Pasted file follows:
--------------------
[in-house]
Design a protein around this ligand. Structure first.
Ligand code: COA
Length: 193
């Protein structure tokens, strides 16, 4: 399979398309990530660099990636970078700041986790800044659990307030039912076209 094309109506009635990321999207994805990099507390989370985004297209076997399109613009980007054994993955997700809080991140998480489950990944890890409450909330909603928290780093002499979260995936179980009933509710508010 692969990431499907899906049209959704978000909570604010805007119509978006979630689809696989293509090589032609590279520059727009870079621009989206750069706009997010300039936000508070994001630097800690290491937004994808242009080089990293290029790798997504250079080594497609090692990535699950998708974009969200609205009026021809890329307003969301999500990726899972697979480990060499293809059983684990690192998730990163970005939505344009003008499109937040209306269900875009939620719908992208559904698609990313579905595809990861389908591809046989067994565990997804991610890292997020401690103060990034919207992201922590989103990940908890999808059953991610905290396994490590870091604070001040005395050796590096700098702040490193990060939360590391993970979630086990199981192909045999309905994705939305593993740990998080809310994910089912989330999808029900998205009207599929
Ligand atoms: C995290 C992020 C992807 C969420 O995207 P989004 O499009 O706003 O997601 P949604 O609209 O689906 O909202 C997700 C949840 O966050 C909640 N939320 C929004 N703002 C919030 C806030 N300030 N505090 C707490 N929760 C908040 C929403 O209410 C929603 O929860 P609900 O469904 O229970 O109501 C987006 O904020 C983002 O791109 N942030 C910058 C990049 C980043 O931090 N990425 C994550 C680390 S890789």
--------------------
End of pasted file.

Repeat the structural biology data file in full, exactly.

[in-house]
Design a protein around this ligand. Structure first.
Ligand code: COA
Length: 193
């Protein structure tokens, strides 16, 4: 399979398309990530660099990636970078700041986790800044659990307030039912076209 094309109506009635990321999207994805990099507390989370985004297209076997399109613009980007054994993955997700809080991140998480489950990944890890409450909330909603928290780093002499979260995936179980009933509710508010 692969990431499907899906049209959704978000909570604010805007119509978006979630689809696989293509090589032609590279520059727009870079621009989206750069706009997010300039936000508070994001630097800690290491937004994808242009080089990293290029790798997504250079080594497609090692990535699950998708974009969200609205009026021809890329307003969301999500990726899972697979480990060499293809059983684990690192998730990163970005939505344009003008499109937040209306269900875009939620719908992208559904698609990313579905595809990861389908591809046989067994565990997804991610890292997020401690103060990034919207992201922590989103990940908890999808059953991610905290396994490590870091604070001040005395050796590096700098702040490193990060939360590391993970979630086990199981192909045999309905994705939305593993740990998080809310994910089912989330999808029900998205009207599929
Ligand atoms: C995290 C992020 C992807 C969420 O995207 P989004 O499009 O706003 O997601 P949604 O609209 O689906 O909202 C997700 C949840 O966050 C909640 N939320 C929004 N703002 C919030 C806030 N300030 N505090 C707490 N929760 C908040 C929403 O209410 C929603 O929860 P609900 O469904 O229970 O109501 C987006 O904020 C983002 O791109 N942030 C910058 C990049 C980043 O931090 N990425 C994550 C680390 S890789």